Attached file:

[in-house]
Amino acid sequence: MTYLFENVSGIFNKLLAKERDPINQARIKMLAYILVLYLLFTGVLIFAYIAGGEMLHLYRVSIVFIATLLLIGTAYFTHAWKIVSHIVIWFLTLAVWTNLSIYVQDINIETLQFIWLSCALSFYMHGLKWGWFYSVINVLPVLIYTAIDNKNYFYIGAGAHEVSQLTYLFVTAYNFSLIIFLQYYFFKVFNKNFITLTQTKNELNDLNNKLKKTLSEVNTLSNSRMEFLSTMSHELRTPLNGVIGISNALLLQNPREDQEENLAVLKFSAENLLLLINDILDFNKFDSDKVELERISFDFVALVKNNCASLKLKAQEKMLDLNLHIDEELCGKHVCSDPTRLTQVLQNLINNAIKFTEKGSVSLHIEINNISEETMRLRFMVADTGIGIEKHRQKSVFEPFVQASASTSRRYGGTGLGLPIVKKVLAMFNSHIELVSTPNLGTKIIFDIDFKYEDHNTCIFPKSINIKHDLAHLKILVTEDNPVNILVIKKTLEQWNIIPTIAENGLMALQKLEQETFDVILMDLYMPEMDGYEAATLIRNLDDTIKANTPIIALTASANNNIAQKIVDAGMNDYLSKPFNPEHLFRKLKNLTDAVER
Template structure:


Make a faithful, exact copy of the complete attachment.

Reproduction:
[in-house]
Amino acid sequence: MTYLFENVSGIFNKLLAKERDPINQARIKMLAYILVLYLLFTGVLIFAYIAGGEMLHLYRVSIVFIATLLLIGTAYFTHAWKIVSHIVIWFLTLAVWTNLSIYVQDINIETLQFIWLSCALSFYMHGLKWGWFYSVINVLPVLIYTAIDNKNYFYIGAGAHEVSQLTYLFVTAYNFSLIIFLQYYFFKVFNKNFITLTQTKNELNDLNNKLKKTLSEVNTLSNSRMEFLSTMSHELRTPLNGVIGISNALLLQNPREDQEENLAVLKFSAENLLLLINDILDFNKFDSDKVELERISFDFVALVKNNCASLKLKAQEKMLDLNLHIDEELCGKHVCSDPTRLTQVLQNLINNAIKFTEKGSVSLHIEINNISEETMRLRFMVADTGIGIEKHRQKSVFEPFVQASASTSRRYGGTGLGLPIVKKVLAMFNSHIELVSTPNLGTKIIFDIDFKYEDHNTCIFPKSINIKHDLAHLKILVTEDNPVNILVIKKTLEQWNIIPTIAENGLMALQKLEQETFDVILMDLYMPEMDGYEAATLIRNLDDTIKANTPIIALTASANNNIAQKIVDAGMNDYLSKPFNPEHLFRKLKNLTDAVER
Template structure: